Every year, nearly 3000 children and teens die from gunfire, and nearly 14,000 are injured.

Wednesday, May 2, 2012

Safety advice for avoiding accidental shootings of and by kids

This article appeared on an Arkansas television news outlet about keeping children safe from gun accidents. The story points out the alarming statistics that are evident in the daily posts on this blog about the number of children who are injured or killed every day in America by bullets. From the story:
Believe it or not, 30 children are either killed or injured every day by firearms in the United States.
Most of those incidents result from guns owned by the child's family or friends. The startling fact is that most of them are preventable. 
Each year, 20,000 children end up in the emergency room as a result of a firearm. The lucky kids survive, but many die.
"What we do see is usually a kid gets a gun out, and plays with it, and either shoots himself or another child that may be with him," Lt. Terry Hastings of the Little Rock Police Department said.
A recent study found 63% of firearm injuries involving kids were intentional: from homicides, suicide attempts or encounters with law enforcement. But the remaining 37% is what's alarming. All of them were unintentional, meaning young innocent children ended up a victim.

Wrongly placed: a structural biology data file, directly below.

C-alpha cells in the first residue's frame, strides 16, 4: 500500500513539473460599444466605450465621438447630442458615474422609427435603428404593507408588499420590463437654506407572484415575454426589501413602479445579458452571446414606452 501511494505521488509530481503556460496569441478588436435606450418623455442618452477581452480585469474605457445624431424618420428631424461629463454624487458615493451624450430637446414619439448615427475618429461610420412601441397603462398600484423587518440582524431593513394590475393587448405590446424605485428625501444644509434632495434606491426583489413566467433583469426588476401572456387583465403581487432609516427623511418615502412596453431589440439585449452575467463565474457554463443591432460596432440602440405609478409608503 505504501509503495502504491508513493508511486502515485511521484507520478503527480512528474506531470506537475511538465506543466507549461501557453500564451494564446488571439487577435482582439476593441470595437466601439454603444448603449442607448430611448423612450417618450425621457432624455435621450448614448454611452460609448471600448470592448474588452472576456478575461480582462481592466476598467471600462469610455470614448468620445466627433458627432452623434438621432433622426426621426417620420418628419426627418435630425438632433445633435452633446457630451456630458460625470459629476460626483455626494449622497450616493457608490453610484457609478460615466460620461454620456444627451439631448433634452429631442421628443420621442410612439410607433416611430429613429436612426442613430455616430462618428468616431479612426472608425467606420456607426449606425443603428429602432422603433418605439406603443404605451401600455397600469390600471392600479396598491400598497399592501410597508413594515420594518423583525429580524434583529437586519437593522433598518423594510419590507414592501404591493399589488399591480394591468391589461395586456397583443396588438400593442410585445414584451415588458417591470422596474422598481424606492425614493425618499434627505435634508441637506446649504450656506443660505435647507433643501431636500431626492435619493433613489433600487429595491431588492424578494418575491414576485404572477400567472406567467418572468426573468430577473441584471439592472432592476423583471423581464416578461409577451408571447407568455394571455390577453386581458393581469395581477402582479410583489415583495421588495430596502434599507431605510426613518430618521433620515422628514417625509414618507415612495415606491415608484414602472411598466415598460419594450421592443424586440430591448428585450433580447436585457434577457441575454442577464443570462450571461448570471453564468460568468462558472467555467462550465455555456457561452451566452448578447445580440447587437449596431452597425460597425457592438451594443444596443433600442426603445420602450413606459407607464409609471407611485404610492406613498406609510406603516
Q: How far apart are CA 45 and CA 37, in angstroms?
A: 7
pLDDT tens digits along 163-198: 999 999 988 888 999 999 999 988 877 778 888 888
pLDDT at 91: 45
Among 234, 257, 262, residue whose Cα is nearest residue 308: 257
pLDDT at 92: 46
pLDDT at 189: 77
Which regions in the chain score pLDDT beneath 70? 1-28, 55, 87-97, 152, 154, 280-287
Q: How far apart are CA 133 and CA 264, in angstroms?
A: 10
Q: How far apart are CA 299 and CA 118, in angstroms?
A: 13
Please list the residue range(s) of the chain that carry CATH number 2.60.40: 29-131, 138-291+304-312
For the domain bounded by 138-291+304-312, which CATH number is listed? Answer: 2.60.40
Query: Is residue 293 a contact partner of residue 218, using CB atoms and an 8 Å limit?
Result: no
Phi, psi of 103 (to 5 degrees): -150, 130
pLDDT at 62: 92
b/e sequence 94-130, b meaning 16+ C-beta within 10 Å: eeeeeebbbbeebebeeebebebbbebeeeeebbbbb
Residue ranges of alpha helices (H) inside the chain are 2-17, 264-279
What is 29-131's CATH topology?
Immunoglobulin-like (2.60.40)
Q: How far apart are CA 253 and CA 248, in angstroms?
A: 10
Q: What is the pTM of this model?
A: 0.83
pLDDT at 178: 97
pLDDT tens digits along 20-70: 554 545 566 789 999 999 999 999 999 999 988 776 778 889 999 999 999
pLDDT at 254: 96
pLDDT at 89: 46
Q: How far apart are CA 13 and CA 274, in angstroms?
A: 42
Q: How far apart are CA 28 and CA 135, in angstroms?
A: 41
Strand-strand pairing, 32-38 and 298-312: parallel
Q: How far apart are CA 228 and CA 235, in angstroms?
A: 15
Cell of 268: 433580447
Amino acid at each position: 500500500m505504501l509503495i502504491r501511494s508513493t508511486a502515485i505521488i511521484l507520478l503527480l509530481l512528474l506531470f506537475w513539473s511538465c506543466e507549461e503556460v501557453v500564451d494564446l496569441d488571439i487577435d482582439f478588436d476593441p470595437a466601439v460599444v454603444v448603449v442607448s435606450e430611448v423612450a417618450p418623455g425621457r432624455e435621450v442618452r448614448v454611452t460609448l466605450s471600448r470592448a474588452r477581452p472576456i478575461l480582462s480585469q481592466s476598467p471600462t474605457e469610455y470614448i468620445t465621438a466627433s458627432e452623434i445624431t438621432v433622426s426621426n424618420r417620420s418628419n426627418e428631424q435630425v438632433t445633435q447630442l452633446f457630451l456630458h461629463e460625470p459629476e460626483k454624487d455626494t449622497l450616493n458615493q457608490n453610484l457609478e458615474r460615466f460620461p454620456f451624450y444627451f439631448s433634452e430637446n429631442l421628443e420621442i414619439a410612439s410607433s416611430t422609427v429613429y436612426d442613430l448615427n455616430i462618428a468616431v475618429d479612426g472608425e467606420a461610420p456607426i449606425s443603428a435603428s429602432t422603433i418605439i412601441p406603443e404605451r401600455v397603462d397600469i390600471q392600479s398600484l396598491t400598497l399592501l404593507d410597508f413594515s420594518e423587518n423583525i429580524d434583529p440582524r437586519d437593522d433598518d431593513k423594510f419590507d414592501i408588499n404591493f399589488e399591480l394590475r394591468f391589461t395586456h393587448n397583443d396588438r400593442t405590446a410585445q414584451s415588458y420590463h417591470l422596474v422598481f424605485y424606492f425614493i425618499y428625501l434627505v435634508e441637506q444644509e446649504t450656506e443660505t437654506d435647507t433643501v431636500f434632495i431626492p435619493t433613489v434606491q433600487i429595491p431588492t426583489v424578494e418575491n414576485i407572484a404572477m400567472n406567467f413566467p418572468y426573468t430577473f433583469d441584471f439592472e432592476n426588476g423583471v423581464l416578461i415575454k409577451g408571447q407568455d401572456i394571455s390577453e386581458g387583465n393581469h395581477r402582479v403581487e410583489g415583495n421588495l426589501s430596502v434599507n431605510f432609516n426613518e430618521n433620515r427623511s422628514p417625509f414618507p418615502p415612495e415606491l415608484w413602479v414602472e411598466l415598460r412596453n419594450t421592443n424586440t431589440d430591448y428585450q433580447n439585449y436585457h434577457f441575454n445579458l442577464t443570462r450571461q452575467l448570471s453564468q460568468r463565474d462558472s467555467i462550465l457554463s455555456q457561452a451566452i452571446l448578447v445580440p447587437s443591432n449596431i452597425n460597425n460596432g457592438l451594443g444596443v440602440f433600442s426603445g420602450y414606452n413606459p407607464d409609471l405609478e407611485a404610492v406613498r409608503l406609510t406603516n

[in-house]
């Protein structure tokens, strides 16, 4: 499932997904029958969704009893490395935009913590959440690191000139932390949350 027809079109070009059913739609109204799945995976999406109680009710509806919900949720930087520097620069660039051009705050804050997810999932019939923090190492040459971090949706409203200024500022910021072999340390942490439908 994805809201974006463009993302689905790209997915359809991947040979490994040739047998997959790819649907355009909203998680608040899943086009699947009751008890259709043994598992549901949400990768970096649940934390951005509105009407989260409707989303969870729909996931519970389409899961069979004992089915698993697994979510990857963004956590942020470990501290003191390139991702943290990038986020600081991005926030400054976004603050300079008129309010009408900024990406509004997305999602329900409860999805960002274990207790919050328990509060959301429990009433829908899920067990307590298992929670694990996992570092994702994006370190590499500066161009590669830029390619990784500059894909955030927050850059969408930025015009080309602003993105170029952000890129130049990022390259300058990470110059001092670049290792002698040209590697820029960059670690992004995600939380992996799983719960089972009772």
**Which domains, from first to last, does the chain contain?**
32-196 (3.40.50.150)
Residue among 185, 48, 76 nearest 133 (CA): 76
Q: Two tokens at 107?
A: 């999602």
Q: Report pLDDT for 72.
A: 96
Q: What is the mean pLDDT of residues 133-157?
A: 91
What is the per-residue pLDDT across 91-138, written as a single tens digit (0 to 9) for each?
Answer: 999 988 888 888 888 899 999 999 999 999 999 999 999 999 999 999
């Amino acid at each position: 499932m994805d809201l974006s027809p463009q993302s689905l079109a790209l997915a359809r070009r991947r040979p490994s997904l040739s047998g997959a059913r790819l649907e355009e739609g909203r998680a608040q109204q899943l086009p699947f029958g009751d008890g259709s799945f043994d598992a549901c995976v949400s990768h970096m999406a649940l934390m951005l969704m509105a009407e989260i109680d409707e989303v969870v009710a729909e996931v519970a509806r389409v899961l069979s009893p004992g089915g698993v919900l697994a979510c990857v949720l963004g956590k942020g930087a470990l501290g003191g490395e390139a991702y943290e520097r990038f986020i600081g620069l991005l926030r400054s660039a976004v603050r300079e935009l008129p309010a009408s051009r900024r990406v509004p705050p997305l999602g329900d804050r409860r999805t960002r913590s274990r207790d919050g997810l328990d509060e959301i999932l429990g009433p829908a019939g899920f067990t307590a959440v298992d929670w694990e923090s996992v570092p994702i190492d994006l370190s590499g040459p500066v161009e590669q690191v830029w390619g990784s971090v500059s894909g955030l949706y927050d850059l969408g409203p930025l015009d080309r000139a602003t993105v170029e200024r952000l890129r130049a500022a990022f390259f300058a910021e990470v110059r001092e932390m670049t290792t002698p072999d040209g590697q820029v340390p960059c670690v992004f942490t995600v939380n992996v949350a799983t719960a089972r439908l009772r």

And then the story went on to provide examples of kid shootings in Arkansas followed by this:
But sadly, it does. Of all the accidental shootings involving kids, more than 1/3 take place in the homes of their friends, neighbors or relatives.
Sleepovers or “play days” are a big deal for most kids. They happen all the time. But when was the last time someone asked you, “Do you own a gun?” It's a question many parents never even think about asking.
Experts say it should be a top priority.
And if the answer is yes, you should follow-up with even more questions.
It might be uncomfortable asking such a personal question - but it's one you can't afford not to ask - especially considering what could happen if and when your little one comes across one of these.
The numbers are alarming. But what it boils down to is common sense and education. You must teach your kids what to do if and when they find a gun. And you must take safety precautions in your home, such a buying a safe and gun locks.
But others will argue that your best bet is to not even keep a gun in your home.
That's a decision every family will have to make.
There are places to get more information about kids and guns. The Center to Prevent Youth Violence is all about asking if there are guns where your children play or hang out. Asking a simple question could save a life.

The most important thing to remember is that every gun in the hands of a child or teen must first pass through the hands of an adult.

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